An essential "how to network" skill is the ability to set up a face to face meeting with someone that you haven't yet met.
These are people that your existing contacts have recommended that you meet, or talk to, because they can possibly provide you with information or guidance in relation to your job search.
The importance of this type of job search networking, meeting with people to whom you have been referred, is particularly relevant for people in executive careers.
Networking is, for most executives, just something that they do as a normal part of their work.
As explained in networking tips it is entirely reasonable for one executive to seek advice or guidance in relation to career research.
The key to doing this successfully is how you make the contact phone call.
The basic principles for approaching people for an information interview were explained in job networking
You will use a very similar approach when setting up a meeting with a referral. What you are doing is requesting:
If you are unsure or not confident about how to network this way, it is suggested that you again prepare a script. This will enable you to concisely and professionally obtain your contact's agreement to meet with you.
Some key points to remember here are:
Follow this basic formula when preparing your telephone script
Hi, my name is....
A mutual acquaintance that we have (insert the name of the contact who referred you to this person) suggested I call you.
The reason for my call is that I'm considering a career (or job) change and I'm seeking some advice or guidance from people in-the-know regarding my options.
Mention the name of your contact. Allude to the person you are calling's knowledge and experience (try a little sincere flattery).
Emphasise that you are doing career research, not looking for a job.
Test to see how open they are to the idea of a meeting.
Agree to a mutually convenient time.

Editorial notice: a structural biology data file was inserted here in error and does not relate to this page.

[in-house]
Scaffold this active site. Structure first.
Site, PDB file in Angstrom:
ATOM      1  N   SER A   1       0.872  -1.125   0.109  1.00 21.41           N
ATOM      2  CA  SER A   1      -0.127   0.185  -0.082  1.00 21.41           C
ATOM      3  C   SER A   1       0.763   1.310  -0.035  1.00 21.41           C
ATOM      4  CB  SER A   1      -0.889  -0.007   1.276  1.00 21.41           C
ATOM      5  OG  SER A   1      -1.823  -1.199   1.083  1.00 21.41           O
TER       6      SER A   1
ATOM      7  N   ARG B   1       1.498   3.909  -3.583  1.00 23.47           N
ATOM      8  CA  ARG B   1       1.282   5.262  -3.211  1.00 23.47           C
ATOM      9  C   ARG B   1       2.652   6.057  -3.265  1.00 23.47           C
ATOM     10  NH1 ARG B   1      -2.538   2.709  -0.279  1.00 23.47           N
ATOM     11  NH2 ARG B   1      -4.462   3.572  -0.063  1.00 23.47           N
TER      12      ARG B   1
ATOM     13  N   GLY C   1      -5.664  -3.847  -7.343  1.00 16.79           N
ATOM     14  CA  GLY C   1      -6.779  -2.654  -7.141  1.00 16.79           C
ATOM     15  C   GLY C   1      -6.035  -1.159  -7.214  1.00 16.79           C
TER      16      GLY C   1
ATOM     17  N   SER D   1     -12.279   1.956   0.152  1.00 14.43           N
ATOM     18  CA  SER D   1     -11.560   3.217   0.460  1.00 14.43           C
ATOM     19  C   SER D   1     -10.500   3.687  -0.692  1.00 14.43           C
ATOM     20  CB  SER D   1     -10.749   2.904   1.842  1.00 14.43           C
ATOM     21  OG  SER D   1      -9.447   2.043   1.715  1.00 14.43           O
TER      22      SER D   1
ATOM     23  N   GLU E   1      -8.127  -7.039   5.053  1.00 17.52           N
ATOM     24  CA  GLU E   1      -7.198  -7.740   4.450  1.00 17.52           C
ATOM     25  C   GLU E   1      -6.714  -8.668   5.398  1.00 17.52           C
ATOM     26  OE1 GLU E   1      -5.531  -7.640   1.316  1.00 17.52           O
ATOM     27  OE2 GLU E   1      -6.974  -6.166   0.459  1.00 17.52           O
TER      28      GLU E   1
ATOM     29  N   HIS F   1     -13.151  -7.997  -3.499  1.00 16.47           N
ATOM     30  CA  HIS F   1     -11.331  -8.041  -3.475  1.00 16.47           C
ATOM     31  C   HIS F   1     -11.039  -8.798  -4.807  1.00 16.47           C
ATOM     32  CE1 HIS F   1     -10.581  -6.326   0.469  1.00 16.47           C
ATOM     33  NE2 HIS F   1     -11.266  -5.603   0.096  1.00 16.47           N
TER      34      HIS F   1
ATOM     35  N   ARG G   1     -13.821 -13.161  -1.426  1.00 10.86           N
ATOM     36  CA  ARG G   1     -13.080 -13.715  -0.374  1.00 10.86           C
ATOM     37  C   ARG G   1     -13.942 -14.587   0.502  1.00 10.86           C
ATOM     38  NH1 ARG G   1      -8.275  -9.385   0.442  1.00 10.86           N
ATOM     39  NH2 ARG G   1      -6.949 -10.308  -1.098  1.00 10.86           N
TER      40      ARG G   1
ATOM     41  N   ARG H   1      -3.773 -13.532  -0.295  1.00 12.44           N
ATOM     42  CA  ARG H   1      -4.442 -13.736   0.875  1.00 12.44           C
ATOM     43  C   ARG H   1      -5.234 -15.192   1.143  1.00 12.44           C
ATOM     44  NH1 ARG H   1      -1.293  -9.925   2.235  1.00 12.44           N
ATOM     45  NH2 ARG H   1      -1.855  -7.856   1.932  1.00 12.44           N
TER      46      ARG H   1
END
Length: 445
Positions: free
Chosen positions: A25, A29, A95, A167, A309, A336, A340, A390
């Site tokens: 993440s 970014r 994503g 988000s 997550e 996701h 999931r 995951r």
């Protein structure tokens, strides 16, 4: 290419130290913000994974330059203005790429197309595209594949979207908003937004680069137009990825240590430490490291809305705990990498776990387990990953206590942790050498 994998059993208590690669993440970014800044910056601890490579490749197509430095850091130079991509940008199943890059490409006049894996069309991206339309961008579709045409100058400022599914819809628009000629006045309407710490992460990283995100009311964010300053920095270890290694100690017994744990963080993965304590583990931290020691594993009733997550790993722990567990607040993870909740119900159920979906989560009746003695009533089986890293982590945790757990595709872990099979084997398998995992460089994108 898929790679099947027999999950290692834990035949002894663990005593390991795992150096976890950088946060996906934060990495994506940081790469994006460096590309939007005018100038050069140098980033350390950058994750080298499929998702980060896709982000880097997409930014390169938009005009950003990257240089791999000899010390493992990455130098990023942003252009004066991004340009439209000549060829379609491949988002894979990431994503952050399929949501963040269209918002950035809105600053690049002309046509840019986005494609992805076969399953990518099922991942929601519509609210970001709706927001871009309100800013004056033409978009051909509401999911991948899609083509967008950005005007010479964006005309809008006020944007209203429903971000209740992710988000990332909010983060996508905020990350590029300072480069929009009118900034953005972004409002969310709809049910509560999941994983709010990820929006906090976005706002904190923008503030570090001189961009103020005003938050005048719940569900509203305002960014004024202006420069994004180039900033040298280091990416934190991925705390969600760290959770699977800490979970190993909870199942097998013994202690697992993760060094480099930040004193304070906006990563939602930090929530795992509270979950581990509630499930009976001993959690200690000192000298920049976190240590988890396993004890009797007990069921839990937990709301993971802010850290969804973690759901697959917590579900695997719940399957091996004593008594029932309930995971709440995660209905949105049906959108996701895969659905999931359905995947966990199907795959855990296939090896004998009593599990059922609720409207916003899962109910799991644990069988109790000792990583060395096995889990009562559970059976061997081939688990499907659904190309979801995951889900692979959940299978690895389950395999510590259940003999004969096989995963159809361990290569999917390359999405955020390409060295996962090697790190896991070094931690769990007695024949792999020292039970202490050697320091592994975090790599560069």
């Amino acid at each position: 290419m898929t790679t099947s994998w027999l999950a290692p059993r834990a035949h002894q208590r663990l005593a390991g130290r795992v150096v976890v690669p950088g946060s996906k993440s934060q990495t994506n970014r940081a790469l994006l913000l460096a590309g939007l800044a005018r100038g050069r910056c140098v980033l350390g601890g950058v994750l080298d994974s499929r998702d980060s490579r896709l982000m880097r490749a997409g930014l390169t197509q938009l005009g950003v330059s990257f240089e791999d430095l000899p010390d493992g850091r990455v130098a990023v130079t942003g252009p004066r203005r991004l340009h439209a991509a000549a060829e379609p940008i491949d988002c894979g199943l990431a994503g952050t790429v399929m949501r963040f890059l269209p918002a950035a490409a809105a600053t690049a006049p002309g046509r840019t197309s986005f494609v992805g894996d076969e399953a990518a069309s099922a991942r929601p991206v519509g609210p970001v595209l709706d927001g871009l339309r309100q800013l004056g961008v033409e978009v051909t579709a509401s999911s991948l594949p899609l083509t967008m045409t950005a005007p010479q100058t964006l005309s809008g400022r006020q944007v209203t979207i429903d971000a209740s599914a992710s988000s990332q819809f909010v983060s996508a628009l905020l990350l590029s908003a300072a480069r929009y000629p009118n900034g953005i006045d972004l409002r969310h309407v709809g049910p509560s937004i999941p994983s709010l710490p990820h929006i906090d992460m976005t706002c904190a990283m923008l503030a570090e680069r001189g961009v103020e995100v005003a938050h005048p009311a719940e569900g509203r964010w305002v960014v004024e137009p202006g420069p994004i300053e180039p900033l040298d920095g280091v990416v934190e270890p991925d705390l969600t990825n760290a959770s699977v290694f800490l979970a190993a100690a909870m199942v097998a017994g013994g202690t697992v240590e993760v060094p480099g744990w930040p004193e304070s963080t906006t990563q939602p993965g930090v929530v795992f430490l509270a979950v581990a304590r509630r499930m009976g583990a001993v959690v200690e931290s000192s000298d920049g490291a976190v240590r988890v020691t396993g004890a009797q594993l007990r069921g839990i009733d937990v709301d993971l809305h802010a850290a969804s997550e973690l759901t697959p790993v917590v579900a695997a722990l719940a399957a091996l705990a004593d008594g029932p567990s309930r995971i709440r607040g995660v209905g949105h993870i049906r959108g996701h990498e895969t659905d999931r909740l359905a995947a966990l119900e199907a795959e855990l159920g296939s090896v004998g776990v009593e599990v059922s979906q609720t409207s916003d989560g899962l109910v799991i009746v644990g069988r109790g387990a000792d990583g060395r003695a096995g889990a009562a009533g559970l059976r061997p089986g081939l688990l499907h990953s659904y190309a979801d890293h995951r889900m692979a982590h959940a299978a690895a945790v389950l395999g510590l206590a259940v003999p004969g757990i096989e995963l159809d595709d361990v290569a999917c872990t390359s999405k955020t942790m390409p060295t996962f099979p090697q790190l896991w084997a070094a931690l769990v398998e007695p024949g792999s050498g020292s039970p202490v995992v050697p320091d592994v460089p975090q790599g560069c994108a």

So that you can see how such a script might come together, here's an example.
A person you already know by the name of Betty Smith has referred you to a professional associate of hers called Joel Williams. You are approaching Joel for career research advice and guidance.
Your script might be as follows:
"Hi, my name is Shane Albert.
A professional associate of mine called Betty Smith, suggested I call you. Betty indicated that she knows you well, and speaks very highly of you, and suggested that you might be in a position to help me.
The reason for my call is that I'm considering a career (or job) change and I'm seeking some advice or guidance from people in the know regarding my options.
Betty indicated to me that you have extensive knowledge and experience of the international wine marketing field, and because of this might be able to give me suitable advice and guidance to assist me in my career decision making.
Joel, I want to emphasise that I'm doing career research and it's advice and guidance that I'm needing. I don't want or expect any direct help from you in relation to finding a job or in making my next career move.
How open would you be to the idea of meeting with me in the near future, say for 15-20 minutes over a drink or a cup of coffee? I have a number of questions I'd like to ask you about the wine marketing field.
That's great Joel. I really appreciate this. When is a good time for you? Where would be the easiest place for you to meet me?"
You would, of course, adapt the previous script to your own personal style.
Use the script as a guide only. Nothing sounds more false or rehearsed than a telephone contact script that is read out as it has been written.
You might find it easiest just to have several headings in your notes just to help keep you focused and efficient when you make your contact call.
You will probably already know that you have to pay particular attention to the way you use your voice when making these phone calls. Some tips:
People in executive career will almost certainly have a receptionist or administrative assistant that will screen their telephone calls.
So.....you had better have a strategy for getting around the question that the receptionist is likely to ask - "May I ask what this call is in relation to?"
Here's some things you can try:
Now that you've got your meeting set up, the next thing you'll need to do is to plan to have successful and professional informational interviews and meetings. Go to the link for some more ideas.
How to get started with networking - explains the first steps in job networking
How to set up meetings and interviews - Proven techniques for getting contacts to meet with you
Fine tune your networking skills andlearn about the benefits of referral networking
How to conduct your networking meetings - the art of having an information interview